Below I’ve outlined everything I just mentioned—but not necessarily in the same order.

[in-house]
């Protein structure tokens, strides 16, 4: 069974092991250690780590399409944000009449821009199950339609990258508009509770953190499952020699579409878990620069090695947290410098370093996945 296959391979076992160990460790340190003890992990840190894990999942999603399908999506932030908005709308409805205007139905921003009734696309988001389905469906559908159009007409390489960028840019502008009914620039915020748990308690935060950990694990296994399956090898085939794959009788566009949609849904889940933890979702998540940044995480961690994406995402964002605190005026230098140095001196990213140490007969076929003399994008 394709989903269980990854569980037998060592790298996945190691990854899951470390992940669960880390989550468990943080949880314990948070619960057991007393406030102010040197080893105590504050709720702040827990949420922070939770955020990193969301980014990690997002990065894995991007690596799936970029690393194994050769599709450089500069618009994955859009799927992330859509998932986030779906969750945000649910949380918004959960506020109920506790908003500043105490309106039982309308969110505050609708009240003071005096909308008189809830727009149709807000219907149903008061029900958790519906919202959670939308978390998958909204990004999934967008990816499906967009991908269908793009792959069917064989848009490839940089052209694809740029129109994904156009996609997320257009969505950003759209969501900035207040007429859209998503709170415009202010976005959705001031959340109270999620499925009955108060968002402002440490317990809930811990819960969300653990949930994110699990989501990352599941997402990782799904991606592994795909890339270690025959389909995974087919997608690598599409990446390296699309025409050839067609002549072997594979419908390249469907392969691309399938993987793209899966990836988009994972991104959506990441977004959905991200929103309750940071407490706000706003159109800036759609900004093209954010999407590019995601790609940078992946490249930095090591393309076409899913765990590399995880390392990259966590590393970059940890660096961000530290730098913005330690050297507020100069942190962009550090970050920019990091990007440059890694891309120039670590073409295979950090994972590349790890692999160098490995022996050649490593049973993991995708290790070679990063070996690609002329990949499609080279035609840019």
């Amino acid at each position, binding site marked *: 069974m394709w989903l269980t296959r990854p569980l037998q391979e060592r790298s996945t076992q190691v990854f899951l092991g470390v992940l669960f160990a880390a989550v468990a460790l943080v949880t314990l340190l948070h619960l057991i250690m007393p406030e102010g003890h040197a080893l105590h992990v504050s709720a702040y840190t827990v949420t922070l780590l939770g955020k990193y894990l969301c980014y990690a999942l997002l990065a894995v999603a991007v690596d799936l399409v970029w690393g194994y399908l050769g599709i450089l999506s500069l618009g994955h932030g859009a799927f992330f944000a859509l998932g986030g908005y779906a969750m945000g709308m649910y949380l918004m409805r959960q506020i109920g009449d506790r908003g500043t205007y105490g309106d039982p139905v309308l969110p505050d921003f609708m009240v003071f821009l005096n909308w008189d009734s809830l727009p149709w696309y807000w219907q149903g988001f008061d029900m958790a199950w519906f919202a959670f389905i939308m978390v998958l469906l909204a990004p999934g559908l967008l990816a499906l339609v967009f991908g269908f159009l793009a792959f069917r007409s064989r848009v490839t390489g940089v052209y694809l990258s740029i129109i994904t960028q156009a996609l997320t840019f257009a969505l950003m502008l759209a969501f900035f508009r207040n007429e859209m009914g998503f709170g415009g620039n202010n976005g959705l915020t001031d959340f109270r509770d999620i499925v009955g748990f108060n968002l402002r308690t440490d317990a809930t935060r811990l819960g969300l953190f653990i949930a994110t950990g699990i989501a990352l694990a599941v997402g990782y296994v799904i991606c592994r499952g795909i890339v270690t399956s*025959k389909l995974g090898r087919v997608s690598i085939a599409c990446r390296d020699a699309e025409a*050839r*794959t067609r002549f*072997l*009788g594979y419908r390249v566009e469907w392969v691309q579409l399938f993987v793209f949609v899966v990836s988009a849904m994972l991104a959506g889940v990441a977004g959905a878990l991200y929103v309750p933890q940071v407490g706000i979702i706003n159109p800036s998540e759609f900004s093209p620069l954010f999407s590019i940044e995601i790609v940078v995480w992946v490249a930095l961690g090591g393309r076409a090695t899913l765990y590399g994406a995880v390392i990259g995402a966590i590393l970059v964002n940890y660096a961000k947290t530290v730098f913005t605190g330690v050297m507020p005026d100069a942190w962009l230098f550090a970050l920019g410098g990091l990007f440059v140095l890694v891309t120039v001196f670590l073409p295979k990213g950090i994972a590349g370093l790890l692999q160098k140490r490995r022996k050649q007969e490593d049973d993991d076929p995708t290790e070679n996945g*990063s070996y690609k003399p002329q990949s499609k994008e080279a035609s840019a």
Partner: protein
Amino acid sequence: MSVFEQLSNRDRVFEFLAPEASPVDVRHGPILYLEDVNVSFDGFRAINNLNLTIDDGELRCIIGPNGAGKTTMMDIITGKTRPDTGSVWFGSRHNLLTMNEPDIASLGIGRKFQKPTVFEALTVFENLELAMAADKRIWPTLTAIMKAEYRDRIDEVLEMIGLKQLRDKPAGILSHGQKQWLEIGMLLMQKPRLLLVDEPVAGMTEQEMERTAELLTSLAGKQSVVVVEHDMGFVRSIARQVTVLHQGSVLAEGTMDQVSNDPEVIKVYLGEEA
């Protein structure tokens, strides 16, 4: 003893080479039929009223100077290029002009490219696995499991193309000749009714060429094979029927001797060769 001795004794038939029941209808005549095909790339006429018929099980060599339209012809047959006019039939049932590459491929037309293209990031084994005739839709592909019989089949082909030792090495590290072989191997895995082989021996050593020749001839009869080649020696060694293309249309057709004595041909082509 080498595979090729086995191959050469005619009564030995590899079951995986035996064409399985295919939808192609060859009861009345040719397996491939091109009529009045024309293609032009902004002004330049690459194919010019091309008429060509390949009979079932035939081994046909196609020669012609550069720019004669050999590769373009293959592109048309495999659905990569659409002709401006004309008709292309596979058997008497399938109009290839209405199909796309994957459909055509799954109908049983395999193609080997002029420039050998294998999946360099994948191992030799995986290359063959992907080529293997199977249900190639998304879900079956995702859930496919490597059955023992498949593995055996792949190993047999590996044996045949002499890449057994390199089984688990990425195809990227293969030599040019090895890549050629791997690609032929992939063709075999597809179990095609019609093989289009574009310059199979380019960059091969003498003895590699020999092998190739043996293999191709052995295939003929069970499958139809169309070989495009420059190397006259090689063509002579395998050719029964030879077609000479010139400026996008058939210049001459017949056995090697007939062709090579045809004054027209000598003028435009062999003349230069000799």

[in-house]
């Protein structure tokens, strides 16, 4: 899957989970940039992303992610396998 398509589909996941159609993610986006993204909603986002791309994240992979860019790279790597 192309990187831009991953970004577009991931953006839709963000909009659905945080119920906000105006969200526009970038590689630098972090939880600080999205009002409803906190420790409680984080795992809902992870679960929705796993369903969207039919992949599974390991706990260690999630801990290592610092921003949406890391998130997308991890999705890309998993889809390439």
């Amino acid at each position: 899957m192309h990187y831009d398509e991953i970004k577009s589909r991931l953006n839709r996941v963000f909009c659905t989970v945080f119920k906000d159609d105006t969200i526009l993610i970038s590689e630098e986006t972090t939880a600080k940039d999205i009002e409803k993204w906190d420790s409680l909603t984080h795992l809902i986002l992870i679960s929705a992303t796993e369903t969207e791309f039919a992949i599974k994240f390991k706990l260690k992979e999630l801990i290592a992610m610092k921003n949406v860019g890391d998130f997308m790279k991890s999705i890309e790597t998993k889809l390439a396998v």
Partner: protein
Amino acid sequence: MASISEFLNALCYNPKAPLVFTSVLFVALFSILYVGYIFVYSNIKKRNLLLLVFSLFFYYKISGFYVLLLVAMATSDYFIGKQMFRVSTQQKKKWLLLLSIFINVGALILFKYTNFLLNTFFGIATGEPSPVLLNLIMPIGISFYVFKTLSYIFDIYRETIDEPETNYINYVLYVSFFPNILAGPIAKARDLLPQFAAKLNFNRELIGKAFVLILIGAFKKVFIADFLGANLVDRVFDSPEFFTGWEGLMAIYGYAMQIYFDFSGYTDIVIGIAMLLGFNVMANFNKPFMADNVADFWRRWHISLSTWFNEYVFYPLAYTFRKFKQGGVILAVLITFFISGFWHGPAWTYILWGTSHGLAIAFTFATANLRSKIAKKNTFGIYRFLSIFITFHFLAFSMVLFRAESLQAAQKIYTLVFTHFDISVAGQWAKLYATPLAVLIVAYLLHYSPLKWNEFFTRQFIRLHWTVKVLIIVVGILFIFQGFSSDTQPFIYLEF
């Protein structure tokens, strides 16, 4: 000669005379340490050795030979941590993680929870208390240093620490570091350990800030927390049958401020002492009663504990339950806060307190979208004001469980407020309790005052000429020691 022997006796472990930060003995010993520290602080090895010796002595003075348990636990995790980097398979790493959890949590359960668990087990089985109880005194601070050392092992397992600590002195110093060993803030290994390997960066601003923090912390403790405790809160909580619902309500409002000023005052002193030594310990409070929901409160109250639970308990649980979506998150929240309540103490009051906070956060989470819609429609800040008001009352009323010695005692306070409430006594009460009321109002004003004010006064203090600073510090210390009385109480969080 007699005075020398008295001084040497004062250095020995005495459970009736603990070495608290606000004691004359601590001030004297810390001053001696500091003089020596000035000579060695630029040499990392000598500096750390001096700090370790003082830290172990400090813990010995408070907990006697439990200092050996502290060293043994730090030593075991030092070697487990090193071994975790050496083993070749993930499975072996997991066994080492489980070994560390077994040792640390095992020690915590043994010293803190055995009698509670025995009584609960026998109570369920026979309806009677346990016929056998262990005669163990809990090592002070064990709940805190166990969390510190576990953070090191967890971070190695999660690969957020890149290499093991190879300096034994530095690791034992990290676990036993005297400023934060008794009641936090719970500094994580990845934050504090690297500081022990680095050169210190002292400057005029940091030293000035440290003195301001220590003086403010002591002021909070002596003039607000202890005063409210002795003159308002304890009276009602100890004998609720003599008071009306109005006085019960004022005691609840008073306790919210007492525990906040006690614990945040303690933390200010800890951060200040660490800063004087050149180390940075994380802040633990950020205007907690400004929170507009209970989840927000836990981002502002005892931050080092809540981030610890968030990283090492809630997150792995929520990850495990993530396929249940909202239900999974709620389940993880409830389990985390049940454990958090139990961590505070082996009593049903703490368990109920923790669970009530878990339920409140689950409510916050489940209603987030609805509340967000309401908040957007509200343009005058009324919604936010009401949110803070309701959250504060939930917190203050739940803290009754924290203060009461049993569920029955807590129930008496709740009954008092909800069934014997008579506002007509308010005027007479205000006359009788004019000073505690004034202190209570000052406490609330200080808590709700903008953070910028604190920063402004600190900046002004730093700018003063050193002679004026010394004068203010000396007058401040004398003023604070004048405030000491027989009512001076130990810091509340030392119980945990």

- Purchase – This is the only one of my suggestions that actually costs money, so let’s get this out of the way. You didn’t write the book to give it away, right? You wrote it because you have a dream or a passion to be a writer (have you read my post on passion? Check it out!). This dream took you a year, two years, or, in my case, eight years. If you look at the price you’re selling it and divide that by the years you worked, that’s how much you would get per person buying it (for example, my book costs $15, I worked on it for 8 years, that’s $1.87 per year—you can’t even get a beer for that unless you’re at happy hour, and even then… would you drink that beer?). You worked hard on that book! You slaved, you sweat, you bled for it. Charge for it. And if your friends and family think they should be given the book for free, unfriend them. I’m kidding, again, but do the math. Pay yourself. It’s part of your income. Of course you may want to give your mother and father a copy and your sister or brother, or husband/wife, but not every single extended family member and friend needs a free copy. I gave my two best friends their copies, my mother, and, despite my best efforts to give my sister a physical copy, she purchased the eBook it because she wanted it on her ipad for the gym (thanks sis!). My uncle insisted on purchasing it. You get my point, though.